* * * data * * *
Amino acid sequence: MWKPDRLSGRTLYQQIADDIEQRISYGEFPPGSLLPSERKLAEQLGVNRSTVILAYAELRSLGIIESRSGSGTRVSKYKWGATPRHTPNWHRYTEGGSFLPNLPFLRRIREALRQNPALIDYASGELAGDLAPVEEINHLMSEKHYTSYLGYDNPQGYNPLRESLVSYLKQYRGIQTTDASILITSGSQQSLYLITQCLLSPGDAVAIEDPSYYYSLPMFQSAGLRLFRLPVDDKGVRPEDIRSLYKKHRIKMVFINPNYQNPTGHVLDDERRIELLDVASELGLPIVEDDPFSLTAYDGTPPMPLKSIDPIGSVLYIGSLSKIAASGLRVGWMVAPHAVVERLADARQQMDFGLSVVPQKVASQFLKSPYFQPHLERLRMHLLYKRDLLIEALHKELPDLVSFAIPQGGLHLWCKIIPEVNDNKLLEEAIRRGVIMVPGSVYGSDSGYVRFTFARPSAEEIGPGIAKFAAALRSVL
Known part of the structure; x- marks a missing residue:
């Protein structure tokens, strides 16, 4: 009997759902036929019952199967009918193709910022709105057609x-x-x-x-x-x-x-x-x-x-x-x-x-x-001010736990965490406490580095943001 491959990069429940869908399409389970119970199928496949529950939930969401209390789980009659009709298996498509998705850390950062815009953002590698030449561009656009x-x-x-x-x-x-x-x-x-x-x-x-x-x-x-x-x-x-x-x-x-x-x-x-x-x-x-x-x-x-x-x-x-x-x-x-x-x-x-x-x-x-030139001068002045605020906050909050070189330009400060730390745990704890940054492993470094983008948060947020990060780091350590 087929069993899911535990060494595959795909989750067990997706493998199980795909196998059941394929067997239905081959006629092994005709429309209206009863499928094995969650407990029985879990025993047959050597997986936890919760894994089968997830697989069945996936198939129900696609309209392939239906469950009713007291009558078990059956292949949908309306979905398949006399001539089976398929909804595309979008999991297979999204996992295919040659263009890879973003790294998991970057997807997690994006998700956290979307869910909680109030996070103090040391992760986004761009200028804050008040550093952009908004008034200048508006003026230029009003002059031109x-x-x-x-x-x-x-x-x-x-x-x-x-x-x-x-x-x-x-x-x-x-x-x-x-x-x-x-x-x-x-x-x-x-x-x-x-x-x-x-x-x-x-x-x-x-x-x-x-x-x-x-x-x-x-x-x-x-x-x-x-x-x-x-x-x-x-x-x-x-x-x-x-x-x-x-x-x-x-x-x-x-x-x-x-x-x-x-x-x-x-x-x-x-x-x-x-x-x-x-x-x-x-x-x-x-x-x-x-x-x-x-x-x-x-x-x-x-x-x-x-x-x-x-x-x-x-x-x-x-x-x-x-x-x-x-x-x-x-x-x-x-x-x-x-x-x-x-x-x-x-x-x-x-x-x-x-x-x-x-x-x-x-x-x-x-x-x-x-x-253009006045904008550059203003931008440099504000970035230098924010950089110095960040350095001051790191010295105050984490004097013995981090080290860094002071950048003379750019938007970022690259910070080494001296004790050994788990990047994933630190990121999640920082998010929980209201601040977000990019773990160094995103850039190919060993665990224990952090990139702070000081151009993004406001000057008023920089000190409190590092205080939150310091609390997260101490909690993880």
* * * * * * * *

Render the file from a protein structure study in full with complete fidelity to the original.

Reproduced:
Amino acid sequence: MWKPDRLSGRTLYQQIADDIEQRISYGEFPPGSLLPSERKLAEQLGVNRSTVILAYAELRSLGIIESRSGSGTRVSKYKWGATPRHTPNWHRYTEGGSFLPNLPFLRRIREALRQNPALIDYASGELAGDLAPVEEINHLMSEKHYTSYLGYDNPQGYNPLRESLVSYLKQYRGIQTTDASILITSGSQQSLYLITQCLLSPGDAVAIEDPSYYYSLPMFQSAGLRLFRLPVDDKGVRPEDIRSLYKKHRIKMVFINPNYQNPTGHVLDDERRIELLDVASELGLPIVEDDPFSLTAYDGTPPMPLKSIDPIGSVLYIGSLSKIAASGLRVGWMVAPHAVVERLADARQQMDFGLSVVPQKVASQFLKSPYFQPHLERLRMHLLYKRDLLIEALHKELPDLVSFAIPQGGLHLWCKIIPEVNDNKLLEEAIRRGVIMVPGSVYGSDSGYVRFTFARPSAEEIGPGIAKFAAALRSVL
Known part of the structure; x- marks a missing residue:
């Protein structure tokens, strides 16, 4: 009997759902036929019952199967009918193709910022709105057609x-x-x-x-x-x-x-x-x-x-x-x-x-x-001010736990965490406490580095943001 491959990069429940869908399409389970119970199928496949529950939930969401209390789980009659009709298996498509998705850390950062815009953002590698030449561009656009x-x-x-x-x-x-x-x-x-x-x-x-x-x-x-x-x-x-x-x-x-x-x-x-x-x-x-x-x-x-x-x-x-x-x-x-x-x-x-x-x-x-030139001068002045605020906050909050070189330009400060730390745990704890940054492993470094983008948060947020990060780091350590 087929069993899911535990060494595959795909989750067990997706493998199980795909196998059941394929067997239905081959006629092994005709429309209206009863499928094995969650407990029985879990025993047959050597997986936890919760894994089968997830697989069945996936198939129900696609309209392939239906469950009713007291009558078990059956292949949908309306979905398949006399001539089976398929909804595309979008999991297979999204996992295919040659263009890879973003790294998991970057997807997690994006998700956290979307869910909680109030996070103090040391992760986004761009200028804050008040550093952009908004008034200048508006003026230029009003002059031109x-x-x-x-x-x-x-x-x-x-x-x-x-x-x-x-x-x-x-x-x-x-x-x-x-x-x-x-x-x-x-x-x-x-x-x-x-x-x-x-x-x-x-x-x-x-x-x-x-x-x-x-x-x-x-x-x-x-x-x-x-x-x-x-x-x-x-x-x-x-x-x-x-x-x-x-x-x-x-x-x-x-x-x-x-x-x-x-x-x-x-x-x-x-x-x-x-x-x-x-x-x-x-x-x-x-x-x-x-x-x-x-x-x-x-x-x-x-x-x-x-x-x-x-x-x-x-x-x-x-x-x-x-x-x-x-x-x-x-x-x-x-x-x-x-x-x-x-x-x-x-x-x-x-x-x-x-x-x-x-x-x-x-x-x-x-x-x-x-x-253009006045904008550059203003931008440099504000970035230098924010950089110095960040350095001051790191010295105050984490004097013995981090080290860094002071950048003379750019938007970022690259910070080494001296004790050994788990990047994933630190990121999640920082998010929980209201601040977000990019773990160094995103850039190919060993665990224990952090990139702070000081151009993004406001000057008023920089000190409190590092205080939150310091609390997260101490909690993880």